Both chambers of the National Assembly, yesterday, took on Acting President Yemi Osinbajo, over his assertion that the legislature lacked the power to insert new projects or modify those contained in an appropriation bill.
They told the acting president that the power to appropriate was vested on the legislaure by the constition.
While the Senate warned Osinbajo not to mistake its consultations with the executive on important national issues to mean it had ceded its constitutional powers, the House of Representatives said it would never be a rubber stamp to the executive.
Osinbajo had said: “This last budget, the president presented it last December. Despite the assurances that it will be passed by February, it was not until May.
“As it turned out, we were quite disappointed that it spent a bit of time before it was approved. And thereafter, we had to go into negotiations with the National Assembly in order to get it right.
“Now, there are these two broad issues about who can do what. The first report is about who can do what. When you present a budget to the National Assembly, it is presented as a bill, an appropriation bill.
“And secondly, do not introduce entirely new projects and all of that or modify projects. This is something that we experienced last year and this year again. It now leaves the question about who is supposed to do what.”
But Saraki, while reacting to a point of order raised by the Deputy Leader, Bala Ibn Na’Allah, at plenary, said the senate would continue to defend the constitution and ensure that anything it did was in line with the laws of the land.
“I want to say that there are times we have a number of consultations and I want to make it clear that these consultations we do with the executive will not at any time mean that we will give up the powers we have in line with the Constitution.
“I want to reassure our members on this, because it is very important based on what we have heard. You may be concerned that one way or another, leadership had given up some of these powers. That is not the case.
“But, I believe that as responsible statesmen, there are times we consult and do our best to work with the Executive and assist them. But as we bend backwards, I do not think that should be misrepresented that powers given to us in the constitution do not exist. That is not the case,” he said.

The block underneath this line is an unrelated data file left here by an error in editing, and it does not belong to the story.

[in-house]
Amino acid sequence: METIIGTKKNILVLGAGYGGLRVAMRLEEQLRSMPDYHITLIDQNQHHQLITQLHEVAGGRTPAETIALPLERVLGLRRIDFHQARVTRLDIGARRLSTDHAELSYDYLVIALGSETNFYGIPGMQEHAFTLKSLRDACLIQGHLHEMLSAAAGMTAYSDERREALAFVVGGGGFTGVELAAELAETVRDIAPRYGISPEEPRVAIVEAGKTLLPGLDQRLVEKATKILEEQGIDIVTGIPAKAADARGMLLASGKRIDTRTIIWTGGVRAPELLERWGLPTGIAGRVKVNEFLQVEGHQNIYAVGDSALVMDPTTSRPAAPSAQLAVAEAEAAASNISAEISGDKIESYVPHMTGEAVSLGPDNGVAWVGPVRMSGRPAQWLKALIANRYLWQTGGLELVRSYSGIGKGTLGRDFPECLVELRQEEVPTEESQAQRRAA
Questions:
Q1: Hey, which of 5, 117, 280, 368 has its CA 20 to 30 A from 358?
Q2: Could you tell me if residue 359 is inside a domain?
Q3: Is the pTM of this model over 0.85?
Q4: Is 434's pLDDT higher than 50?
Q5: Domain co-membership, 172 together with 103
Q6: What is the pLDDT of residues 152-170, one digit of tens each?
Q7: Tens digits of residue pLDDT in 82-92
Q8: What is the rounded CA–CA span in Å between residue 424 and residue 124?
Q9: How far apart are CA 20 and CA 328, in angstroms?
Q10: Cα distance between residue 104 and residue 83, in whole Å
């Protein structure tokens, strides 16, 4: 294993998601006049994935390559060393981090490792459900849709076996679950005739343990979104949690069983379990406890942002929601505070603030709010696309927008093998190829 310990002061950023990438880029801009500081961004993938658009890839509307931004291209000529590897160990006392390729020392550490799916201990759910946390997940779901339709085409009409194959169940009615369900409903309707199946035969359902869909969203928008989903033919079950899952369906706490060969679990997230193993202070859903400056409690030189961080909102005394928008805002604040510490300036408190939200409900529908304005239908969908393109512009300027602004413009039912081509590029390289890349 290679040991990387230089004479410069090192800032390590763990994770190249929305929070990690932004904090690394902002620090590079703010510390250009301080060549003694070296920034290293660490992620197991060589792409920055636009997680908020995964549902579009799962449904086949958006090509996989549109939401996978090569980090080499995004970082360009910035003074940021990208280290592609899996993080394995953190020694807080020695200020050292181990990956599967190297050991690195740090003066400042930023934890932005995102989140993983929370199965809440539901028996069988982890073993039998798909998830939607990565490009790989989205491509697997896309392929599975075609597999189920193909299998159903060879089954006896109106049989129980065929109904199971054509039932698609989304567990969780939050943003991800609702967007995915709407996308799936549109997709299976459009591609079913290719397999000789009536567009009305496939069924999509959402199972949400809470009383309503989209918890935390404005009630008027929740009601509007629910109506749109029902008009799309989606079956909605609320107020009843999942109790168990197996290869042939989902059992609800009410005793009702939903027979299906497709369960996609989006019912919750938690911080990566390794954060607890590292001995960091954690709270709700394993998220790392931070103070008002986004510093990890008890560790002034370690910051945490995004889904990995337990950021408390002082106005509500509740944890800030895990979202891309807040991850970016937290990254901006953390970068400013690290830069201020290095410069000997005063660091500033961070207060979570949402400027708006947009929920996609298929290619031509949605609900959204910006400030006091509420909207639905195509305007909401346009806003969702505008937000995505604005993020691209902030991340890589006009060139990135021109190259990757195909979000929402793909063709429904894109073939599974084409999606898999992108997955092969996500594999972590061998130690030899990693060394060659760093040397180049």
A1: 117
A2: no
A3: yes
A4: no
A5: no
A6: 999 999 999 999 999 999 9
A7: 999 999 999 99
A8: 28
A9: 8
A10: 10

On its part, the House in what seemed a riot act, said it would not be a rubber stamp to the executive arm of government.
Speaker, Yakubu Dogara, said the constitution clearly spelt out the duty of each arm of government, noting that in the event of a conflict, the executive was not the appropriate arm to interpret the constitution.
“I don’t want to believe the acting president said that. When it comes to the budget, the worst the executive can do is to withhold their assent. After 30 days, if we can muster two-third, we will override the veto,” the speaker stated.
He added: “The executive is only one man- the president- the relationship between the president and other members of the executive arm is at best, a master-servant relationship.
“All of us here (lawmakers) represent different constituencies. The House cannot be a rubber stamp of any executive arm under our watch.
“Budget is the document of the people and there is no way a budget can take on a life of itself by mere pronunciation of the president. It is only when it has passed through the legislature that it can be said to be a living, working document supported by the constitution, which vests powers on the National Assembly to enact it.
“So, I don’t think we should waste our time belabouring this issue at all, because if the contest is to be held, we all know who the obvious winners will be. We all know where the power lies.”
Senator Na’Allah, had while raising the point of order at plenary, quoted various sections of the 1999 constitution as amended and maintained that the acting president goofed in his claims.
He quoted from Section 80 of the constitution to buttress his point.
According to Na’Allah: “For the avoidance of doubt, this same constitution we operated from 1999 to date has section 80, and the title of section 80 is: ‘Power and control over public funds.’
It reads that, ‘all funds received by the federation not being revenues of other monies payable under this constitution or any Act of the National Assembly into any other public fund of the federation established for a specific purpose shall be payable to and for one consolidated fund of the federation.
“No monies shall be withdrawn from the Consolidated Revenue Fund of the federation except to meet expenditure that is charged upon the fund by the constitution or where the issue of those monies has been authorised by an Appropriation Act, Supplementary Appropriation Act or Act passed in pursuance of Section 81 of the Constitution.
“No money shall be withdrawn from any public funds of the federation other than the consolidated revenue fund of the federation unless the issue of those monies has been authorised by an Act of the National Assembly.
“No money shall be withdrawn from the Consolidated Revenue Fund or any other public fund of the federation except in the manner prescribed by the National Assembly. That is the provision.”
Na’Allah wondered why, Osinbajo, a professor of law would make such a statement.
“I know that the acting president who is a professor of law is sufficiently trained in law to know that the National Assembly has powers to tinker with the budget. I am not making a case for him and I do not want to believe that he said what has been alleged that he said,” he noted.
At the lower chamber, Lawal Abubakar, who spoke under matters of privilege, drew the attention of the House to comments reportedly made by Osinbajo, and urged the House to call the acting president to order, lest the executive continued to undermine the powers of the legislature.